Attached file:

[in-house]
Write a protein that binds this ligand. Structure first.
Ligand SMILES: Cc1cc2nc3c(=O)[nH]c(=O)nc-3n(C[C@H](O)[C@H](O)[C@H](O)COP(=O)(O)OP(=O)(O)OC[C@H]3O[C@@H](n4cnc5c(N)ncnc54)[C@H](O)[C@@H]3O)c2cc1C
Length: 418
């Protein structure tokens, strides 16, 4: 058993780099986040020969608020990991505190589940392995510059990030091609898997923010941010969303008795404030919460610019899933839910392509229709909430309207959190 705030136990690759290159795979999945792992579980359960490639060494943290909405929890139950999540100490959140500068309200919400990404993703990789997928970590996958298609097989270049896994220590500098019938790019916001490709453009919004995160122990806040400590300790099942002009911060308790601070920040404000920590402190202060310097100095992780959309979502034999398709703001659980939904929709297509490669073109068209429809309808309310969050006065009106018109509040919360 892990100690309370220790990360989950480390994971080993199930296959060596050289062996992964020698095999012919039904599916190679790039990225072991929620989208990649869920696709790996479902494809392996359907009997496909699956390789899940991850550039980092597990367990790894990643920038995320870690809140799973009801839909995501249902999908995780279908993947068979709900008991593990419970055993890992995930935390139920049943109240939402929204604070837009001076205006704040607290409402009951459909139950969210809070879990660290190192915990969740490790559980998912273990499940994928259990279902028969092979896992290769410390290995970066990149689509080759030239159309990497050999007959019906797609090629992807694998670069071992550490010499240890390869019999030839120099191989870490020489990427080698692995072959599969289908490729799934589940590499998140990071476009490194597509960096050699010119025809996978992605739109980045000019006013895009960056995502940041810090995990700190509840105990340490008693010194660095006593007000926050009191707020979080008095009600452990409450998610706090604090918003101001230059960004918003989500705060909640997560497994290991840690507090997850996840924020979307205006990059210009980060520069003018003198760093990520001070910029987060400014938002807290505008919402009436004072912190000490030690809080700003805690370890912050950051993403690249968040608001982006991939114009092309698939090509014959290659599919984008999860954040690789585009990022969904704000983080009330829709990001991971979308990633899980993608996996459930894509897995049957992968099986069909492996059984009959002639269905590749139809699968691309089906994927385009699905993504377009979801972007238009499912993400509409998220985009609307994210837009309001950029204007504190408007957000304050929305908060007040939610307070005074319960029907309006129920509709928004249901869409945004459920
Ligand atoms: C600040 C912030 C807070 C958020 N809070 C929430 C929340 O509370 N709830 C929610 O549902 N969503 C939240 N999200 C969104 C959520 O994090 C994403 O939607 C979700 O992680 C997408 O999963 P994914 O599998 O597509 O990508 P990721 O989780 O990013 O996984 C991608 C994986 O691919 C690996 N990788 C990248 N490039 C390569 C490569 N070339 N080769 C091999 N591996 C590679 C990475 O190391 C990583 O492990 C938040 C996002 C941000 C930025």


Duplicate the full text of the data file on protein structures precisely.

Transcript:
[in-house]
Write a protein that binds this ligand. Structure first.
Ligand SMILES: Cc1cc2nc3c(=O)[nH]c(=O)nc-3n(C[C@H](O)[C@H](O)[C@H](O)COP(=O)(O)OP(=O)(O)OC[C@H]3O[C@@H](n4cnc5c(N)ncnc54)[C@H](O)[C@@H]3O)c2cc1C
Length: 418
């Protein structure tokens, strides 16, 4: 058993780099986040020969608020990991505190589940392995510059990030091609898997923010941010969303008795404030919460610019899933839910392509229709909430309207959190 705030136990690759290159795979999945792992579980359960490639060494943290909405929890139950999540100490959140500068309200919400990404993703990789997928970590996958298609097989270049896994220590500098019938790019916001490709453009919004995160122990806040400590300790099942002009911060308790601070920040404000920590402190202060310097100095992780959309979502034999398709703001659980939904929709297509490669073109068209429809309808309310969050006065009106018109509040919360 892990100690309370220790990360989950480390994971080993199930296959060596050289062996992964020698095999012919039904599916190679790039990225072991929620989208990649869920696709790996479902494809392996359907009997496909699956390789899940991850550039980092597990367990790894990643920038995320870690809140799973009801839909995501249902999908995780279908993947068979709900008991593990419970055993890992995930935390139920049943109240939402929204604070837009001076205006704040607290409402009951459909139950969210809070879990660290190192915990969740490790559980998912273990499940994928259990279902028969092979896992290769410390290995970066990149689509080759030239159309990497050999007959019906797609090629992807694998670069071992550490010499240890390869019999030839120099191989870490020489990427080698692995072959599969289908490729799934589940590499998140990071476009490194597509960096050699010119025809996978992605739109980045000019006013895009960056995502940041810090995990700190509840105990340490008693010194660095006593007000926050009191707020979080008095009600452990409450998610706090604090918003101001230059960004918003989500705060909640997560497994290991840690507090997850996840924020979307205006990059210009980060520069003018003198760093990520001070910029987060400014938002807290505008919402009436004072912190000490030690809080700003805690370890912050950051993403690249968040608001982006991939114009092309698939090509014959290659599919984008999860954040690789585009990022969904704000983080009330829709990001991971979308990633899980993608996996459930894509897995049957992968099986069909492996059984009959002639269905590749139809699968691309089906994927385009699905993504377009979801972007238009499912993400509409998220985009609307994210837009309001950029204007504190408007957000304050929305908060007040939610307070005074319960029907309006129920509709928004249901869409945004459920
Ligand atoms: C600040 C912030 C807070 C958020 N809070 C929430 C929340 O509370 N709830 C929610 O549902 N969503 C939240 N999200 C969104 C959520 O994090 C994403 O939607 C979700 O992680 C997408 O999963 P994914 O599998 O597509 O990508 P990721 O989780 O990013 O996984 C991608 C994986 O691919 C690996 N990788 C990248 N490039 C390569 C490569 N070339 N080769 C091999 N591996 C590679 C990475 O190391 C990583 O492990 C938040 C996002 C941000 C930025």